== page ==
7.5

There’s Enough Excitement (And Champagne) to Fill Death on the Nile's Gaps

Movies Reviews Kenneth Branagh
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There&#8217;s Enough Excitement (And Champagne) to Fill <i>Death on the Nile</i>'s Gaps

When it comes to detective stories, it’s pretty much impossible to find better IP than that of prolific author Agatha Christie, who had a firmer grip on what makes a successful murder-mystery than anyone before or after her. It’s essentially a given, then, that a film adaptation of one of her novels will be exceptionally entertaining, with an ingeniously crafty story in place to nail even the flimsiest of panels together. As such, filmmakers have been adapting Christie novels since her career began to blossom in the 1930s, with almost 50 feature-length adaptations and even more television spin-offs. The most recent person to add to that ever-growing catalog is writer-actor-director Kenneth Branagh.

In 2017, Branagh adapted Christie’s 1934 novel Murder on the Orient Express, which follows a murder that occurs on, well…the Orient Express. Esteemed detective Hercule Poirot, played by a fiercely mustachioed Branagh, swoops in to save the day, and makes it his noble mission to figure out whodunnit. Orient Express proved my theory that it’s pretty difficult to royally screw up a Christie novel: The film’s pacing is achingly slow, its characters sorely lack dimension, and yet it still boasted $352 million worldwide at the box office. Based on Branagh’s brief stint in Christie adaptations, when the news broke that he was adapting Orient Express’s sequel, Death on the Nile, I was expecting more of the same. That is, a moderately dull film with a plot strong enough to hold its audiences’ attention until the end credits.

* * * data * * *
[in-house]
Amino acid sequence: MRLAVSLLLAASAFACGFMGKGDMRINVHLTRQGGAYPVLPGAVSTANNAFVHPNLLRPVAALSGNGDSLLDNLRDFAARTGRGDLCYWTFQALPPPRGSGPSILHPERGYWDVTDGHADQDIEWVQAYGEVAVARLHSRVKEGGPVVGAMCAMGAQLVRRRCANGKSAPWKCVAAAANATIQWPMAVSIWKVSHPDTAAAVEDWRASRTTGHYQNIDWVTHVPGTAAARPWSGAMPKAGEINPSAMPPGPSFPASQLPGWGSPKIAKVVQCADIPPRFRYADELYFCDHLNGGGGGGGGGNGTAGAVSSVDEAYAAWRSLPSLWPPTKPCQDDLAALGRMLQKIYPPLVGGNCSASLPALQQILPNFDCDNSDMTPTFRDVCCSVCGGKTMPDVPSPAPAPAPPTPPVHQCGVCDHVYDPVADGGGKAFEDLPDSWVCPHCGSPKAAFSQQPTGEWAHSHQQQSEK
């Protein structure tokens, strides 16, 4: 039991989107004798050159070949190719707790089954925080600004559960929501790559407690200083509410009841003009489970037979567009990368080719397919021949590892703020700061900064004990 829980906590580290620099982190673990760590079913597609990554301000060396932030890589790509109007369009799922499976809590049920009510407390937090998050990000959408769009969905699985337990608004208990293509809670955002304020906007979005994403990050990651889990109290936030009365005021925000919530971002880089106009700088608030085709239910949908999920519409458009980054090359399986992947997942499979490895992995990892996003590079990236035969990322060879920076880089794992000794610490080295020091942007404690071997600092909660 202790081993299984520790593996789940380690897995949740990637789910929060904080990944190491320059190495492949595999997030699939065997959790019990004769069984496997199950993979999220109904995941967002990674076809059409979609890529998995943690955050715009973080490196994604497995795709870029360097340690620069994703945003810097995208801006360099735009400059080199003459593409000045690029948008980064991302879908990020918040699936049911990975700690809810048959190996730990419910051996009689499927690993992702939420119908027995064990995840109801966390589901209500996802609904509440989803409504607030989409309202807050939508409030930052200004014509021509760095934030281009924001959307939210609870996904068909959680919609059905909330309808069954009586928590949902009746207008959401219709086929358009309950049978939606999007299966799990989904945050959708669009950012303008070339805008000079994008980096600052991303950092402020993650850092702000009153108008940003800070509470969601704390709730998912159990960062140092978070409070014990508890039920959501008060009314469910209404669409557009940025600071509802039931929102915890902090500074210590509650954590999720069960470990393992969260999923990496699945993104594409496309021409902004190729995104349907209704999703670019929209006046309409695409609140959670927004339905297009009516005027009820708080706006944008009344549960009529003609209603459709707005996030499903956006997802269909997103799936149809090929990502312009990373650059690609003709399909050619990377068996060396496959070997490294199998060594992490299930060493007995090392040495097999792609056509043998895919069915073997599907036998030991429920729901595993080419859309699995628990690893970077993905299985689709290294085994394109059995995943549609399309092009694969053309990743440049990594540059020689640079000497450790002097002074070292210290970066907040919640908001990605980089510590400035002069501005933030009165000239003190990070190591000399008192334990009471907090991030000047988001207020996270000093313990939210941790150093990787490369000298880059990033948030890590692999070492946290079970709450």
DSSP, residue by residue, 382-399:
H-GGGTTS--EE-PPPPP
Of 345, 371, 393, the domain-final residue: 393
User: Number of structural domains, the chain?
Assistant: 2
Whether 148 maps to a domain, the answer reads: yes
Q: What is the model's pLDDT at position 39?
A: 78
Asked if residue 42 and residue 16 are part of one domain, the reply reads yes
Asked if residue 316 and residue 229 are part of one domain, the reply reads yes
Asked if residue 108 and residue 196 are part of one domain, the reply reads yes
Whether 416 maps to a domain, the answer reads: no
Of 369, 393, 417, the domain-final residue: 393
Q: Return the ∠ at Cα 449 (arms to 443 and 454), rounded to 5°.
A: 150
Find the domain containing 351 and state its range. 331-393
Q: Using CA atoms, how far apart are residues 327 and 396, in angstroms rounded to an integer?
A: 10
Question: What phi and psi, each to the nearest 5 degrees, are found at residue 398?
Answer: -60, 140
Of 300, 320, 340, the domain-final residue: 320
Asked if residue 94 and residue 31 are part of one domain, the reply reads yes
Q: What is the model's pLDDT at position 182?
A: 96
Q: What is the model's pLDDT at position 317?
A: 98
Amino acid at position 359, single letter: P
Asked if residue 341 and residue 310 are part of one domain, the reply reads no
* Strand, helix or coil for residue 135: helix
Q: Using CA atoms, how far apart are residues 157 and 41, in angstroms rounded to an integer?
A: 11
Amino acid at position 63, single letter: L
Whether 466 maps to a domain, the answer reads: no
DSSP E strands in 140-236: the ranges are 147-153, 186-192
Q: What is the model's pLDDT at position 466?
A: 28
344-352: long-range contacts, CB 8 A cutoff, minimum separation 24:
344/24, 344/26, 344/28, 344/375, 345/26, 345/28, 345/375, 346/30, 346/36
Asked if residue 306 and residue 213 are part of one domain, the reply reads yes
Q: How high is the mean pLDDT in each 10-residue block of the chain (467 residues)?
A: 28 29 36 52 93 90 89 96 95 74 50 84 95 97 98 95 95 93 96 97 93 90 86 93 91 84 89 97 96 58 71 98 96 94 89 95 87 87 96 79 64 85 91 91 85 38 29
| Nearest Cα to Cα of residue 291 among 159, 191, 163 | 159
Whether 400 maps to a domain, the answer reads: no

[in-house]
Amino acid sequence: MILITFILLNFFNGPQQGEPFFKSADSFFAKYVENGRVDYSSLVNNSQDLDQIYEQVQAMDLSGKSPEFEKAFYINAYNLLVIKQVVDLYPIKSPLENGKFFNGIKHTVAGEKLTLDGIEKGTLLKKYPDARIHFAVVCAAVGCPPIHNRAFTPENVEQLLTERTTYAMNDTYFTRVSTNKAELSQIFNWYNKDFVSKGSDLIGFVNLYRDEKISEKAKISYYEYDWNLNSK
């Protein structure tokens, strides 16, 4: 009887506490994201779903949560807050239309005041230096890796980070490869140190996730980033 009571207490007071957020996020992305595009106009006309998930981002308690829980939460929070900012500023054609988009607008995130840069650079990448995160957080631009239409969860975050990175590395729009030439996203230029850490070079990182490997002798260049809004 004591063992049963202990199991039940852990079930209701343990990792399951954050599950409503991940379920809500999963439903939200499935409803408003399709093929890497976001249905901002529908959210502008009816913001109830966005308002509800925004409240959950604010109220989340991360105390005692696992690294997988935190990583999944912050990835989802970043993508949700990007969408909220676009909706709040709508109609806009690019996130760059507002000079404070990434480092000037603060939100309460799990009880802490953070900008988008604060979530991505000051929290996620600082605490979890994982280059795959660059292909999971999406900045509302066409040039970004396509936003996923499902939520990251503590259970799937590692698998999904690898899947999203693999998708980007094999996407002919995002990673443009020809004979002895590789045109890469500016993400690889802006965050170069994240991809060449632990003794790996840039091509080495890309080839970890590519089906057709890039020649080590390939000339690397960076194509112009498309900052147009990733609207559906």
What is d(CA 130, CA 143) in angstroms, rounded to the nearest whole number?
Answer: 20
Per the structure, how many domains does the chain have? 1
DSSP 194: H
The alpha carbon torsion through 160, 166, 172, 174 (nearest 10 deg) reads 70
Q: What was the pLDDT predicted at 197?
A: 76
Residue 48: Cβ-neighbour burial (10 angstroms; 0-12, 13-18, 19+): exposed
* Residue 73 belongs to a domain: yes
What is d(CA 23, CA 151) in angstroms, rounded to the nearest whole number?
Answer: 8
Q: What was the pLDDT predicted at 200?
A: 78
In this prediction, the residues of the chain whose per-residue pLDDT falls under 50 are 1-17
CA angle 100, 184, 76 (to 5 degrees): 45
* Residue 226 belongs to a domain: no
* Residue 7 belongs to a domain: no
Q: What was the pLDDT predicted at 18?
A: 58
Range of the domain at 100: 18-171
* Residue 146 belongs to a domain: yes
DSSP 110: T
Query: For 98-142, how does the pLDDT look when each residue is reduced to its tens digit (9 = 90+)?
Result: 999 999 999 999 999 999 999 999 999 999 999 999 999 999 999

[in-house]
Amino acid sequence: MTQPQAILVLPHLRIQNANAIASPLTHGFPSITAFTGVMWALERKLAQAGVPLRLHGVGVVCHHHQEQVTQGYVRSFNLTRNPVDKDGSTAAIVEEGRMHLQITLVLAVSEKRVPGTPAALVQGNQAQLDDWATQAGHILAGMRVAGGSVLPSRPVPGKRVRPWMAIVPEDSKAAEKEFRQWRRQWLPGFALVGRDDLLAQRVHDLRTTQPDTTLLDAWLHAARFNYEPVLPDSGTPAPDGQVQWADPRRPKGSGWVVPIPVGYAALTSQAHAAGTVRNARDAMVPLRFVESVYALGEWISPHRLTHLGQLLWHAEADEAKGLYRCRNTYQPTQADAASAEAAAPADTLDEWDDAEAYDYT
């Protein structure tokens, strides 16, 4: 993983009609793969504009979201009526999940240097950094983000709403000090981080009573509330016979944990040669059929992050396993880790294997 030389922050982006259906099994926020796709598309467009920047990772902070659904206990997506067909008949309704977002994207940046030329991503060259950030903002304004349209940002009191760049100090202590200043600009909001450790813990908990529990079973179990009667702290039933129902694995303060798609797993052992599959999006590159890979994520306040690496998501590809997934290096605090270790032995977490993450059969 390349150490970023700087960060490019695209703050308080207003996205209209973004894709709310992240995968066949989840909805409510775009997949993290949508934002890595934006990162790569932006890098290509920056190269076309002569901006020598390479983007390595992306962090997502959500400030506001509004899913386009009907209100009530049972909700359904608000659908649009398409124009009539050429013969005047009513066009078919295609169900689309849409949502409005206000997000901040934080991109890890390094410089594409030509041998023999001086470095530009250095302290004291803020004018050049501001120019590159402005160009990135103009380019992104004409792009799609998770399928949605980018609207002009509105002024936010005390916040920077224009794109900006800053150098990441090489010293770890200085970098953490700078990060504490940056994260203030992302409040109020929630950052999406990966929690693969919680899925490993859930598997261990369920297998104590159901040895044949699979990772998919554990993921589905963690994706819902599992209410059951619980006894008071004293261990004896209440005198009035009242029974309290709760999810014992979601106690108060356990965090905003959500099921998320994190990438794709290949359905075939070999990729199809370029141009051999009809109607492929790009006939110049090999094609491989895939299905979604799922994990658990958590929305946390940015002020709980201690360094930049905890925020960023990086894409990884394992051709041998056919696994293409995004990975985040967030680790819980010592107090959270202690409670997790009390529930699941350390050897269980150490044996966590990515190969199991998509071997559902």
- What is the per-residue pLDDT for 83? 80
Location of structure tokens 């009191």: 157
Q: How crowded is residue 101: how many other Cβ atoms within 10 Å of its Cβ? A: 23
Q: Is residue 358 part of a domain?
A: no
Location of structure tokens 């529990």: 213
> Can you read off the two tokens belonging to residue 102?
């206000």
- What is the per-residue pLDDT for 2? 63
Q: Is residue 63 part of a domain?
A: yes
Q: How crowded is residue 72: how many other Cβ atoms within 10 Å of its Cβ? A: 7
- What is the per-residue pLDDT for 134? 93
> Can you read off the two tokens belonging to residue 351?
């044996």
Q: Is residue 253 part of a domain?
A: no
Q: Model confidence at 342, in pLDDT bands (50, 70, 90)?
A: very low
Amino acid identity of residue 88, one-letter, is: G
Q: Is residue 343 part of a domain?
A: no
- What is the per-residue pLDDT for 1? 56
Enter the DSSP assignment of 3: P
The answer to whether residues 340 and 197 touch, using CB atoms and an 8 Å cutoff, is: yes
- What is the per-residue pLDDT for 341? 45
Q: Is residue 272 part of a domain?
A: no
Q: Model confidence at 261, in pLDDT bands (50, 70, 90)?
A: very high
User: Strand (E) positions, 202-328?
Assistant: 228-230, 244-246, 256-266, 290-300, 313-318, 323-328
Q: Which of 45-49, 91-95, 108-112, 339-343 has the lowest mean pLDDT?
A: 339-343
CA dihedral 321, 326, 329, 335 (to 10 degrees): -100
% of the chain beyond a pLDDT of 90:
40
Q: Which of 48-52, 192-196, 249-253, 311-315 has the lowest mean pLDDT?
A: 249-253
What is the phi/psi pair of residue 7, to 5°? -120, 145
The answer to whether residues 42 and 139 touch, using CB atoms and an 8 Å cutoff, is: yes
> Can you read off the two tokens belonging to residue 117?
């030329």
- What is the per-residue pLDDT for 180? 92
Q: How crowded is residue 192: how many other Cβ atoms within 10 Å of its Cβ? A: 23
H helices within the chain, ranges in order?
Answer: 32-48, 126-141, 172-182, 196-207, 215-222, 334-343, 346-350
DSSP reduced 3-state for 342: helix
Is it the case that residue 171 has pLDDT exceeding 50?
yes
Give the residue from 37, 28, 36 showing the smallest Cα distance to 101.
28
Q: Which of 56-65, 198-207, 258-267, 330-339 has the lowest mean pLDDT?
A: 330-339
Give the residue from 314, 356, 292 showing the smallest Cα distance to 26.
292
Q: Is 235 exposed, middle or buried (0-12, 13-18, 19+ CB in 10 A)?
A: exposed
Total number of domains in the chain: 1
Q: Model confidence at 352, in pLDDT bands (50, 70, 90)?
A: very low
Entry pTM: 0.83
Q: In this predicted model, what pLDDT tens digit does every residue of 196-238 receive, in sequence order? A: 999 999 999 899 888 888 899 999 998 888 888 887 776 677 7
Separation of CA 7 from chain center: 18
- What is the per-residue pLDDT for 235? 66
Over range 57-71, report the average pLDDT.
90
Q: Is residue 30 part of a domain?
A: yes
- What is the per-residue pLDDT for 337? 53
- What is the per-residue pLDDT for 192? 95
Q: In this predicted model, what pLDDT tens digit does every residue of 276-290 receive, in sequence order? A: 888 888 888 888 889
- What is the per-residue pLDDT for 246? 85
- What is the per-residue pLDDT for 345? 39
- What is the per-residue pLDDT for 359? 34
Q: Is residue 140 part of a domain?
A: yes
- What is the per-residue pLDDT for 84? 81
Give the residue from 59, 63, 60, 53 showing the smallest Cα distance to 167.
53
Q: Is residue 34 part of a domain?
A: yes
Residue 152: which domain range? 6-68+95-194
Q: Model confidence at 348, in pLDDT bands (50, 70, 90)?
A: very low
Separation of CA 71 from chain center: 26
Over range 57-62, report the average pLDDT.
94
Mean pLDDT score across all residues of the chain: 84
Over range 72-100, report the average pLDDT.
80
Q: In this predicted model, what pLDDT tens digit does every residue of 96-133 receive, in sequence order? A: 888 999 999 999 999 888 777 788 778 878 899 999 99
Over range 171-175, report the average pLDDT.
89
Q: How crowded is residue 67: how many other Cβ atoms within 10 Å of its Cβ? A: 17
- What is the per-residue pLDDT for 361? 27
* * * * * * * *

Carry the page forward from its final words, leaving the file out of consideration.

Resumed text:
I was wrong. Death on the Nile begins with a freshly engaged couple, Jacqueline de Bellefort (Emma Mackey) and Simon Doyle (Armie Hammer), crooning over one another in a night club. Three months later, a swarm of people show up to Simon’s wedding, only it is not Jacqui he is getting married to, but inordinately wealthy heiress Linnet Ridgeway (Gal Gadot). The newlyweds and their wedding party embark on a luxurious honeymoon cruise down the River Nile, but when a jealous Jacqui shows up and a murder is committed, things quickly devolve into chaos—a chaos that can only be abated by Detective Poirot (played once again by Branagh with the assistance of his epic mustache).

By virtue of the fact that it circles a nearly inscrutable mystery, Death on the Nile is undeniably engrossing. But what really sets it apart from its predecessor is, where Orient Express didn’t manage to find its footing until there was a mystery to be solved, Branagh makes sure to cast its sequel’s net beyond its core brainteaser. Indeed, Branagh takes care to engross us in the film’s central love triangle long before the murder even occurs. Mackey’s magnetic performance as Jacqui affords her and Simon heart-stopping chemistry in a dance scene where they meet for the first time, even though Hammer isn’t himself exactly overflowing with charisma. When a brokenhearted Jacqui later boards the cruise, Mackey’s doleful expression, tinted with fierce determination, is enough to make us both sympathetic to her position and interested in what her next move might be.